Chairman, Rev Fathers, Sisters, I’m very privileged to be with you here to celebrate the 40th anniversary of a successful Millstreet Community School. The years roll by and Ken (Brennan) has gone over all the problems and all the ups and downs which he went through and finally succeeded with the school as it established. But, I want to take you back further, and indeed it was a hard act to follow, and i’m trying to follow Ken. Prior to the 60s there was talk of change in education in Ireland. and it really took head in the middle of the 1960s, when there were many people in favour of changing the system, especially of secondary education. And, then they were talking about community schools, comprehensive schools, others were talking that they were a shame, that they’d be this and that as Ken explained. And, it finally came to a head in the late 60s when decisions had to be made. Attitudes were divided, politicians were divided, parishes were divided, and we had here in Millstreet at that stage, three excellent schools: Coláiste Padraig, which was belonging to the Hickie Family, who were excellent, we had the Vocational School, Dan Murray was the principal there, the former great Cork footballer in the 1950s, and we had the Presentation Sisters School right beside the church. They had given great service to us.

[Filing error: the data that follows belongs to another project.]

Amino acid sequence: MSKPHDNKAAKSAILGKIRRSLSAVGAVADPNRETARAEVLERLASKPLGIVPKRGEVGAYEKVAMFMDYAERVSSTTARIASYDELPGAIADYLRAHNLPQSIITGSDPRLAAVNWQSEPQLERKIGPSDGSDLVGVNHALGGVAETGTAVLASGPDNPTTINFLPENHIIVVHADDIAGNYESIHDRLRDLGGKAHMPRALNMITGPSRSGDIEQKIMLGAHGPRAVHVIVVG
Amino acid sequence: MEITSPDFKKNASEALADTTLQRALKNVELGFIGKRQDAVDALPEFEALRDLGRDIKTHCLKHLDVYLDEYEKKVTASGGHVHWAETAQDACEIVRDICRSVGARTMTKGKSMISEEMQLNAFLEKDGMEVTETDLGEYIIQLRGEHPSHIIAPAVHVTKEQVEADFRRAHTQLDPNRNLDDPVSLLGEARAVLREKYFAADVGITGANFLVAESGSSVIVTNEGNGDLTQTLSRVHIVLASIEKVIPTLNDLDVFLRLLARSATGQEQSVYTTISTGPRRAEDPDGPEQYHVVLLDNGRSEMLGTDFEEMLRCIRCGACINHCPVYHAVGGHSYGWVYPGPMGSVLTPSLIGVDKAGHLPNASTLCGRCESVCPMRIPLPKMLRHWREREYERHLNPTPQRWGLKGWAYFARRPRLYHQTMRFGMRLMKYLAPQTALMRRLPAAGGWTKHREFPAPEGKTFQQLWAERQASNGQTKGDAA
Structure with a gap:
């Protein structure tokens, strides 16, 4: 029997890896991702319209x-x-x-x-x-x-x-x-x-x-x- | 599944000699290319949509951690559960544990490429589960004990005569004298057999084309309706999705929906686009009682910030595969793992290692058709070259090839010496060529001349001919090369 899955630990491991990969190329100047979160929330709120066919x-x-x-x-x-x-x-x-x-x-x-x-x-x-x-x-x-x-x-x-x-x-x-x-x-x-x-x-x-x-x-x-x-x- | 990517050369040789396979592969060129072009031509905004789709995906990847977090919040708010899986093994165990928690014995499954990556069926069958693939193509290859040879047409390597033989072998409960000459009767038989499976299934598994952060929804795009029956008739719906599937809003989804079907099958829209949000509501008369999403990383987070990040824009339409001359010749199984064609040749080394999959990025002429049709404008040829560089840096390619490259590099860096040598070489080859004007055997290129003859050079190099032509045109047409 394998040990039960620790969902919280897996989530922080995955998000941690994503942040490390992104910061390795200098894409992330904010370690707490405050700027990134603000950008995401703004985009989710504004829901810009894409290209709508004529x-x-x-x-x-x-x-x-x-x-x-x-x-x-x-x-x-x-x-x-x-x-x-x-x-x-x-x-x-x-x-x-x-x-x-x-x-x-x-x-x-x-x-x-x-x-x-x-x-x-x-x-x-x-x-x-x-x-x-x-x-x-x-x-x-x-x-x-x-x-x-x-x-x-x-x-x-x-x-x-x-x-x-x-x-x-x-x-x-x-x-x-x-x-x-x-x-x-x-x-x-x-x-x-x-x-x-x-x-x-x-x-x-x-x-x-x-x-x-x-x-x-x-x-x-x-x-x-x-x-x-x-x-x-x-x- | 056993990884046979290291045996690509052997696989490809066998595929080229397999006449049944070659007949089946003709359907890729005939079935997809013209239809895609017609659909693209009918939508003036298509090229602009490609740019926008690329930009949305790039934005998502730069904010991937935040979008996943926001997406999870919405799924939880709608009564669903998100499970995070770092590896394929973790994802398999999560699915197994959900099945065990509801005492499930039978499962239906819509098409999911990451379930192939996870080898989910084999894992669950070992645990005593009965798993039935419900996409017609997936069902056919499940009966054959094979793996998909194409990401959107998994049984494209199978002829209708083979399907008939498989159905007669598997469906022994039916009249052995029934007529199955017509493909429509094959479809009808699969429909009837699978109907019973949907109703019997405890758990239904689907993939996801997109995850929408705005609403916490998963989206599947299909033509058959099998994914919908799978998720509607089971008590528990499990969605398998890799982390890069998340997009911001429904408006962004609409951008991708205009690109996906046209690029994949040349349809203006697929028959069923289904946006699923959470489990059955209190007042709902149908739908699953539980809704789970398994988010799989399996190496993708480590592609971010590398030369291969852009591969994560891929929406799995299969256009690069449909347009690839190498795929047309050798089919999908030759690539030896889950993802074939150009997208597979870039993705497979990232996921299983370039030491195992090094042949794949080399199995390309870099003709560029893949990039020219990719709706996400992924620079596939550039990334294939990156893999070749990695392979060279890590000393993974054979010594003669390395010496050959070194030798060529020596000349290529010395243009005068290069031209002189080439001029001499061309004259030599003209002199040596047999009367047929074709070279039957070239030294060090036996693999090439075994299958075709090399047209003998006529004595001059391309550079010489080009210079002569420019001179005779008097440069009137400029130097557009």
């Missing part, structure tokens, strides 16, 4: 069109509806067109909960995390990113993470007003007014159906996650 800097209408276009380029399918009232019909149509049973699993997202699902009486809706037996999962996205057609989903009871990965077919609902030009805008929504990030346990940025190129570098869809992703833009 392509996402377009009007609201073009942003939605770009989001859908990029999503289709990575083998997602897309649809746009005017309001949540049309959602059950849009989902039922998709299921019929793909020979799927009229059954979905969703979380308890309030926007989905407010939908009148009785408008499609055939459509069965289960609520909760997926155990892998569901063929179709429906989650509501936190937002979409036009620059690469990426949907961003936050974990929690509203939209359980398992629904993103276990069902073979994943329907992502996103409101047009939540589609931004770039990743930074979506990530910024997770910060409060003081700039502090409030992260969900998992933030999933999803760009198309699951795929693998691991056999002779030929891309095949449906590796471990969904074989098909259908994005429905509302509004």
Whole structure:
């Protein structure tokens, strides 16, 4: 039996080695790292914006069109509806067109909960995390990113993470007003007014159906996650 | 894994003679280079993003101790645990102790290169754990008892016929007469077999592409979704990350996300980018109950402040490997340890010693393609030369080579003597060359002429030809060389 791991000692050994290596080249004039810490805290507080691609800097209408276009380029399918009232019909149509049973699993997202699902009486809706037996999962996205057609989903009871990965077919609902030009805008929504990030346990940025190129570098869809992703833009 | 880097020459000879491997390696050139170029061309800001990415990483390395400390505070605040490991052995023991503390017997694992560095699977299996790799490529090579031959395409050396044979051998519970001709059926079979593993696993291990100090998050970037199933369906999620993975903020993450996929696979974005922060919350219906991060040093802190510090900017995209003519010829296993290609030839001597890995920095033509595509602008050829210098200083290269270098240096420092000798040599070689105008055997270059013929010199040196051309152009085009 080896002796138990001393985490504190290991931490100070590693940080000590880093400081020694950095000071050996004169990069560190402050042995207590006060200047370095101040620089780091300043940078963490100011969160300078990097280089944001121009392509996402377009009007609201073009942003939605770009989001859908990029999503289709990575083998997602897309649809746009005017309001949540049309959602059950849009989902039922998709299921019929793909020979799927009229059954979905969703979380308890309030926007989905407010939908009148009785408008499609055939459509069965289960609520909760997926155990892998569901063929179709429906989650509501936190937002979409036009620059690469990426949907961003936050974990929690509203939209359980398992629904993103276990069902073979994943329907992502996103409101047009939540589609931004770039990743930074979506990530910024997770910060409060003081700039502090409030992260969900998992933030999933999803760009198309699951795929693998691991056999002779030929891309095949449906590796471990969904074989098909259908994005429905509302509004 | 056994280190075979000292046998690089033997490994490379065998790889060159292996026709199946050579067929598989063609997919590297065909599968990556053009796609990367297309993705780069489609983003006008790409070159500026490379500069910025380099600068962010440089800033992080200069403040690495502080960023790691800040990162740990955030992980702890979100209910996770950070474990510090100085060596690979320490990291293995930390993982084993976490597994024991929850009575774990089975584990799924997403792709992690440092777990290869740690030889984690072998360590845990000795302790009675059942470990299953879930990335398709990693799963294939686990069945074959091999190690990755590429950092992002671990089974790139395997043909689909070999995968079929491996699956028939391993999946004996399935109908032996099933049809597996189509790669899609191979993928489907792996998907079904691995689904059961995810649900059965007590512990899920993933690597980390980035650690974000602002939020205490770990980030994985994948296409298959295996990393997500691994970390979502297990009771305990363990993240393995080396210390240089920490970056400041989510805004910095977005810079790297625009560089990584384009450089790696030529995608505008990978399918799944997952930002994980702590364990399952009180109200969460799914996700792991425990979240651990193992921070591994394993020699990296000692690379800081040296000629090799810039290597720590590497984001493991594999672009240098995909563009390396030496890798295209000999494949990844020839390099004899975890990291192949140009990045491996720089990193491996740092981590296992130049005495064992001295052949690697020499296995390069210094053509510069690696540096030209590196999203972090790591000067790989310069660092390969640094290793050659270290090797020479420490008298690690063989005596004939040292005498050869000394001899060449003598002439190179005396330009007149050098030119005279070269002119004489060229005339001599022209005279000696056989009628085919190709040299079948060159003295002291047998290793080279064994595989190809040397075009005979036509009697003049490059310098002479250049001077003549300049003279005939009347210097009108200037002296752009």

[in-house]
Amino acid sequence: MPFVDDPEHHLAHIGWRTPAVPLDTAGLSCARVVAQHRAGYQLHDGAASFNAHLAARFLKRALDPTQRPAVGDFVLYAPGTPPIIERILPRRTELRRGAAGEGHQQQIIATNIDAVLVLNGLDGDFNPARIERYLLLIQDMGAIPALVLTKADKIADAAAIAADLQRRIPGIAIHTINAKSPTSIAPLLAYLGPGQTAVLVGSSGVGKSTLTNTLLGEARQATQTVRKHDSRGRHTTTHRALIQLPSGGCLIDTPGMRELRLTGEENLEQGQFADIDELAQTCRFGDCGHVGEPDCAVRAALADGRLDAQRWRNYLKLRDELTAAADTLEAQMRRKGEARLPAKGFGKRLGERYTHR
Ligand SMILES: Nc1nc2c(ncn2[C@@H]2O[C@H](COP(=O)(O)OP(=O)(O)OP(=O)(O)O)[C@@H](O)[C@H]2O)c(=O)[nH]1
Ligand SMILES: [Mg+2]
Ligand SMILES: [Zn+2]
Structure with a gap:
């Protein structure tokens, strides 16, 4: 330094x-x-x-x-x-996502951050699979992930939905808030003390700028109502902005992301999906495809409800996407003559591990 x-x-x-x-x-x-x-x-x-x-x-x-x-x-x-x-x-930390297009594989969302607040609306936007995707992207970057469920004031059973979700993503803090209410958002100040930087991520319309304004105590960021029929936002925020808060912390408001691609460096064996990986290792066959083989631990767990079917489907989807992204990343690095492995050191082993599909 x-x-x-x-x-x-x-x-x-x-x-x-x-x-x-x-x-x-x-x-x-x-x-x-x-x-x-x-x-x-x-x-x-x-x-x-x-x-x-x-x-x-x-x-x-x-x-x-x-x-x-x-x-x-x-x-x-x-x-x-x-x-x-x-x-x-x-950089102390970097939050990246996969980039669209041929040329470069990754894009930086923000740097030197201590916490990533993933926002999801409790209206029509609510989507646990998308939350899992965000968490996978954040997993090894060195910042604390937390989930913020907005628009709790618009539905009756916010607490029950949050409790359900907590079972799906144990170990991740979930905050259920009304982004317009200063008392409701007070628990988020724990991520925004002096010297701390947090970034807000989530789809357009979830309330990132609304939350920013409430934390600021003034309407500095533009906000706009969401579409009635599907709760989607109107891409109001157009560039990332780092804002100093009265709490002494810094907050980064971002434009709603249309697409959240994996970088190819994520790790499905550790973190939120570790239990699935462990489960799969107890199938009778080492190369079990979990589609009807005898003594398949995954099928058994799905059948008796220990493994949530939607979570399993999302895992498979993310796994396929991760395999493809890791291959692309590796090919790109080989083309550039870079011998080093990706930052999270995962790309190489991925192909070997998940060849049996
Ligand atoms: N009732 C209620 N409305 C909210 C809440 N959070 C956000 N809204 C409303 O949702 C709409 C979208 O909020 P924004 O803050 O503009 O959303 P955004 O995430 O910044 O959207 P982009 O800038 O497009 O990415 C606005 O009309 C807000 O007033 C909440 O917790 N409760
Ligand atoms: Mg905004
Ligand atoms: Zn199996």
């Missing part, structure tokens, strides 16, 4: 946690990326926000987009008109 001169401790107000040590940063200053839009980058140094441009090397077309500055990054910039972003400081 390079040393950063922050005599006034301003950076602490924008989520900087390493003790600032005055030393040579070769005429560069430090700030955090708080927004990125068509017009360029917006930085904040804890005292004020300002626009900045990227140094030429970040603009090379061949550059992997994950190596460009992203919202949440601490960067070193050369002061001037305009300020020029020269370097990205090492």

So we listened attentively in the time I was in political business as well, and you could hear the different views on all sides of all parties, on whether there should be a new idea or not. Anyway, it came to a head, the department officials they pressed on and on finally the government of the day decided that we should have Community Schools, and Comprehensive Schools, and they carried out various surveys through the country. That was grand but where were they going to be, there will be trouble or there may not be trouble, there will be objections, there may not be objections, and anyway when they made out the list of designated areas to get schools, Millstreet was down at number 43. That sounded bery much like we weren’t going to get a school for a long time. We pondered over it locally, those of us who were involved in the town at that time in various things, and they came to the conclusion that there was a lot of oposition, and now was our time to strike for road because our chance may not come again, and we might never get a school, if we could get every to agree who was involved in education. There were local people who came together, Donal O’Connor, Sarah Dineen, Vincent McSweeney, I think of them off my heart, and we all agreed that we would set out our stall. They made out why Millstreet should get it, and they went around here to the management of the three schools: County Vocational Board were in favour, the Presentation Nuns were in favour, and fair play to the Hickie family, and we should give them credit here, they were in favour as well, that meant no opposition in the Millstreet area, if we went for our comprehensive school – we were on on the road headlong. They canvassed, Donal O’Connor had great contacts all over, He contacted department officials, and I was told to do it on the political side, you’re in the government side do your business and get a school for it. I canvassed him as well, the minister of the day was Padraig Faulkner, a Tipperary man and I was bringing it across to him very hard. But there is one person who is never mentioned, who played a great part in getting a community school here and that was Sr. Assisi in the Presentation Convent, because it was her brother Seán McGearailt who was the secretary of the Department of Education, and she lobbied him too. Lobbying that time didn’t mean big money like you hear about now, it meant constantly seeing after these people. Finally it was put to the department and it took them some time to come back, and one morning i was asked to come into the ministers office, he wants to see you. Says I, i’m in some trouble, because I was always in some trouble, anyway I went in and Seán McGearailt and himself were sitting down inside, and he said “look, there are objections all over the place to Community and Comprehensive Schools, and in Millstreet everyone seems to agree 100%, we have moved you from 43rd to 6th position, that was a very big jump, that was a jump that a community working together forgetting their differences whatever they were, had fought a case and we were now in the top list. I reckon i meant at this stage “You know minister, you might as well sign it now as we’re here” and i suppose he was willing enough and he there and then sanctioned the Community School for Millstreet. I announced it and conveyed the news and everybody locally was delighted.